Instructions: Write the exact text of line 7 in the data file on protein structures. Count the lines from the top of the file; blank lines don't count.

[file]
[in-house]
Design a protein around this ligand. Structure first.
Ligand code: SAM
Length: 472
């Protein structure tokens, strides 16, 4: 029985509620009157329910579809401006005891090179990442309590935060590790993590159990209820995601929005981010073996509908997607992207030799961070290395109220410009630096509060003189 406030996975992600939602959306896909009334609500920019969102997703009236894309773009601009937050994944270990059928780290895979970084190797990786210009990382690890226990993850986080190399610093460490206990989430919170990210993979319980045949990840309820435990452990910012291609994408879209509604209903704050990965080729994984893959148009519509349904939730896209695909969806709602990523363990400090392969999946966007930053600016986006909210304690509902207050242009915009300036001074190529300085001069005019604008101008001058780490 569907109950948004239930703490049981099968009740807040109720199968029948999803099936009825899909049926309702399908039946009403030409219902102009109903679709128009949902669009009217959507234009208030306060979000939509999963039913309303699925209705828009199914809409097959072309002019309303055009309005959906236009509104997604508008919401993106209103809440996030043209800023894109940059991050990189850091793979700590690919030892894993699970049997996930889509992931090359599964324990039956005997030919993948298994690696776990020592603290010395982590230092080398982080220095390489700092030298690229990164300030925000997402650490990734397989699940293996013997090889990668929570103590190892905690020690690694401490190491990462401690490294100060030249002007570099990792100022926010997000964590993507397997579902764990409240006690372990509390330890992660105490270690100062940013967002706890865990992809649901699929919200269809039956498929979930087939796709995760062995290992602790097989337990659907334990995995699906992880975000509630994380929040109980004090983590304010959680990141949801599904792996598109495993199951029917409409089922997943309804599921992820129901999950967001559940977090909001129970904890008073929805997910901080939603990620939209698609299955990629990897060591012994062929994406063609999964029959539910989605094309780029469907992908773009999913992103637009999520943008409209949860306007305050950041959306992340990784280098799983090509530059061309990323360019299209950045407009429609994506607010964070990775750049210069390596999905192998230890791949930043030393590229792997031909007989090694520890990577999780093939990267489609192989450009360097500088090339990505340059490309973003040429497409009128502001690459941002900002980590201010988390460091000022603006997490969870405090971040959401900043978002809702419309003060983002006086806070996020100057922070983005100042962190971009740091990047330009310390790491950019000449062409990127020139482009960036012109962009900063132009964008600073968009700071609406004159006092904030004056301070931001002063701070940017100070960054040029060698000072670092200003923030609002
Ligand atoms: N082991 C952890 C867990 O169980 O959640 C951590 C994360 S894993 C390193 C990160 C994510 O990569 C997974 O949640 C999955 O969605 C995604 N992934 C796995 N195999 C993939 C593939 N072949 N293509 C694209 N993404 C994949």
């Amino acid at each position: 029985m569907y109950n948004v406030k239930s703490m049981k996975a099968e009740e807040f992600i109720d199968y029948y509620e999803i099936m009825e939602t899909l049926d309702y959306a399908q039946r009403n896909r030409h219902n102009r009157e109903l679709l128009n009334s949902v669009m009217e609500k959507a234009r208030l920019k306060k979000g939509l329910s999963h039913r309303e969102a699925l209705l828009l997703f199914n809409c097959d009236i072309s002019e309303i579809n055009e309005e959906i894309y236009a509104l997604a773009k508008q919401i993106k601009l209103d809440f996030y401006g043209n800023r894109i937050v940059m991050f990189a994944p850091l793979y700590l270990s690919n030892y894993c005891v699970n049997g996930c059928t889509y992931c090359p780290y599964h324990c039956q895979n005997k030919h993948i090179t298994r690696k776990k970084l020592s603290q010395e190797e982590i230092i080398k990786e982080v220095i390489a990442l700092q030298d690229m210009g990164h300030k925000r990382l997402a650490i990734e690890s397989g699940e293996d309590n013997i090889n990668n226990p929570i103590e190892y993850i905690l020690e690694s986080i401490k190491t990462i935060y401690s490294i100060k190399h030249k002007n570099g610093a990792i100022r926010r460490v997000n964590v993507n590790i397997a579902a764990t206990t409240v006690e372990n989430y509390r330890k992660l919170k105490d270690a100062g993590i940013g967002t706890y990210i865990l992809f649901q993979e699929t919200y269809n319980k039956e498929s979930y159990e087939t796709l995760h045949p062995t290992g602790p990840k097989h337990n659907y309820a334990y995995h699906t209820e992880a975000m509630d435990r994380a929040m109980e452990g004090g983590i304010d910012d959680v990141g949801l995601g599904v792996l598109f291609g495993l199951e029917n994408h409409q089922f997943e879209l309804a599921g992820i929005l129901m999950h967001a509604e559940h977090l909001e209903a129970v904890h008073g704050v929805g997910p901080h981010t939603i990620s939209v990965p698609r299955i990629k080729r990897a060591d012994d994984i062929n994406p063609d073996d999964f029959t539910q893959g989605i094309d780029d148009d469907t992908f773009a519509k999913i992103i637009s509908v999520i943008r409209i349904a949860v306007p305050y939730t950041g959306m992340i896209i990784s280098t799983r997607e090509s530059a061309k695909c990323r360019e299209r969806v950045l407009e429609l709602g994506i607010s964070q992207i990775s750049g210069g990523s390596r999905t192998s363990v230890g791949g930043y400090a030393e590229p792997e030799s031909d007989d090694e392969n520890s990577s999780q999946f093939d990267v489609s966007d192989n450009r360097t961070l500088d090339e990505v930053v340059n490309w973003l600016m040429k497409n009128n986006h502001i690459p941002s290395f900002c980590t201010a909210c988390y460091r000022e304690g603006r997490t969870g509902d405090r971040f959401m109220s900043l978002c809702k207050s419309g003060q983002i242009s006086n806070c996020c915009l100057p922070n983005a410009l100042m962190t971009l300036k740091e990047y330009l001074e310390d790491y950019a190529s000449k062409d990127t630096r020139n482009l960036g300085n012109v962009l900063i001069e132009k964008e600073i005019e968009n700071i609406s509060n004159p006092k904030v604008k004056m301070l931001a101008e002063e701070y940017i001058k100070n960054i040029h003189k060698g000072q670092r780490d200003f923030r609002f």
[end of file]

């Amino acid at each position: 029985m569907y109950n948004v406030k239930s703490m049981k996975a099968e009740e807040f992600i109720d199968y029948y509620e999803i099936m009825e939602t899909l049926d309702y959306a399908q039946r009403n896909r030409h219902n102009r009157e109903l679709l128009n009334s949902v669009m009217e609500k959507a234009r208030l920019k306060k979000g939509l329910s999963h039913r309303e969102a699925l209705l828009l997703f199914n809409c097959d009236i072309s002019e309303i579809n055009e309005e959906i894309y236009a509104l997604a773009k508008q919401i993106k601009l209103d809440f996030y401006g043209n800023r894109i937050v940059m991050f990189a994944p850091l793979y700590l270990s690919n030892y894993c005891v699970n049997g996930c059928t889509y992931c090359p780290y599964h324990c039956q895979n005997k030919h993948i090179t298994r690696k776990k970084l020592s603290q010395e190797e982590i230092i080398k990786e982080v220095i390489a990442l700092q030298d690229m210009g990164h300030k925000r990382l997402a650490i990734e690890s397989g699940e293996d309590n013997i090889n990668n226990p929570i103590e190892y993850i905690l020690e690694s986080i401490k190491t990462i935060y401690s490294i100060k190399h030249k002007n570099g610093a990792i100022r926010r460490v997000n964590v993507n590790i397997a579902a764990t206990t409240v006690e372990n989430y509390r330890k992660l919170k105490d270690a100062g993590i940013g967002t706890y990210i865990l992809f649901q993979e699929t919200y269809n319980k039956e498929s979930y159990e087939t796709l995760h045949p062995t290992g602790p990840k097989h337990n659907y309820a334990y995995h699906t209820e992880a975000m509630d435990r994380a929040m109980e452990g004090g983590i304010d910012d959680v990141g949801l995601g599904v792996l598109f291609g495993l199951e029917n994408h409409q089922f997943e879209l309804a599921g992820i929005l129901m999950h967001a509604e559940h977090l909001e209903a129970v904890h008073g704050v929805g997910p901080h981010t939603i990620s939209v990965p698609r299955i990629k080729r990897a060591d012994d994984i062929n994406p063609d073996d999964f029959t539910q893959g989605i094309d780029d148009d469907t992908f773009a519509k999913i992103i637009s509908v999520i943008r409209i349904a949860v306007p305050y939730t950041g959306m992340i896209i990784s280098t799983r997607e090509s530059a061309k695909c990323r360019e299209r969806v950045l407009e429609l709602g994506i607010s964070q992207i990775s750049g210069g990523s390596r999905t192998s363990v230890g791949g930043y400090a030393e590229p792997e030799s031909d007989d090694e392969n520890s990577s999780q999946f093939d990267v489609s966007d192989n450009r360097t961070l500088d090339e990505v930053v340059n490309w973003l600016m040429k497409n009128n986006h502001i690459p941002s290395f900002c980590t201010a909210c988390y460091r000022e304690g603006r997490t969870g509902d405090r971040f959401m109220s900043l978002c809702k207050s419309g003060q983002i242009s006086n806070c996020c915009l100057p922070n983005a410009l100042m962190t971009l300036k740091e990047y330009l001074e310390d790491y950019a190529s000449k062409d990127t630096r020139n482009l960036g300085n012109v962009l900063i001069e132009k964008e600073i005019e968009n700071i609406s509060n004159p006092k904030v604008k004056m301070l931001a101008e002063e701070y940017i001058k100070n960054i040029h003189k060698g000072q670092r780490d200003f923030r609002f």